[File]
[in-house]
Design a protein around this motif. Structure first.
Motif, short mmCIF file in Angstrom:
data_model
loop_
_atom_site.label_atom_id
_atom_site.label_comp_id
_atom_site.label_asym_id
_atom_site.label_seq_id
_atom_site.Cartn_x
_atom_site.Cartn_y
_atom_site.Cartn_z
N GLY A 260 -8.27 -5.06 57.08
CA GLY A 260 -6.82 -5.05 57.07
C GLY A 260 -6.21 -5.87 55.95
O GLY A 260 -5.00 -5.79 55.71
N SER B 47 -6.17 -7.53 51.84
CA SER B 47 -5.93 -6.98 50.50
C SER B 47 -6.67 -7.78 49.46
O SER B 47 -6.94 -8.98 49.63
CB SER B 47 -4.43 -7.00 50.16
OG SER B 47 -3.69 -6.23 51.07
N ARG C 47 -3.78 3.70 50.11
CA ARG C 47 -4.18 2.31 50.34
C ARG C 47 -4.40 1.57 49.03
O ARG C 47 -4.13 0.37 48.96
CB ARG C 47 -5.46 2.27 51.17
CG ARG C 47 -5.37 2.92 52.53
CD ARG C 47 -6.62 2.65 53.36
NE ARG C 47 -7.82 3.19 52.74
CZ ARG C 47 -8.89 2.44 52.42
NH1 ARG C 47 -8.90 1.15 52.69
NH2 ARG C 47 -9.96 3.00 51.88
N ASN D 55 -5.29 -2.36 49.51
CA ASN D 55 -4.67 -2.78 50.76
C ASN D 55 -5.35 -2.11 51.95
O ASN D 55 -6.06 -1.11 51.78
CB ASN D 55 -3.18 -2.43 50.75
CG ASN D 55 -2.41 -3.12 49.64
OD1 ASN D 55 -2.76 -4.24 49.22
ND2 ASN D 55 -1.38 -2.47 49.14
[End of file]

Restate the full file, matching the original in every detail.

[in-house]
Design a protein around this motif. Structure first.
Motif, short mmCIF file in Angstrom:
data_model
loop_
_atom_site.label_atom_id
_atom_site.label_comp_id
_atom_site.label_asym_id
_atom_site.label_seq_id
_atom_site.Cartn_x
_atom_site.Cartn_y
_atom_site.Cartn_z
N GLY A 260 -8.27 -5.06 57.08
CA GLY A 260 -6.82 -5.05 57.07
C GLY A 260 -6.21 -5.87 55.95
O GLY A 260 -5.00 -5.79 55.71
N SER B 47 -6.17 -7.53 51.84
CA SER B 47 -5.93 -6.98 50.50
C SER B 47 -6.67 -7.78 49.46
O SER B 47 -6.94 -8.98 49.63
CB SER B 47 -4.43 -7.00 50.16
OG SER B 47 -3.69 -6.23 51.07
N ARG C 47 -3.78 3.70 50.11
CA ARG C 47 -4.18 2.31 50.34
C ARG C 47 -4.40 1.57 49.03
O ARG C 47 -4.13 0.37 48.96
CB ARG C 47 -5.46 2.27 51.17
CG ARG C 47 -5.37 2.92 52.53
CD ARG C 47 -6.62 2.65 53.36
NE ARG C 47 -7.82 3.19 52.74
CZ ARG C 47 -8.89 2.44 52.42
NH1 ARG C 47 -8.90 1.15 52.69
NH2 ARG C 47 -9.96 3.00 51.88
N ASN D 55 -5.29 -2.36 49.51
CA ASN D 55 -4.67 -2.78 50.76
C ASN D 55 -5.35 -2.11 51.95
O ASN D 55 -6.06 -1.11 51.78
CB ASN D 55 -3.18 -2.43 50.75
CG ASN D 55 -2.41 -3.12 49.64
OD1 ASN D 55 -2.76 -4.24 49.22
ND2 ASN D 55 -1.38 -2.47 49.14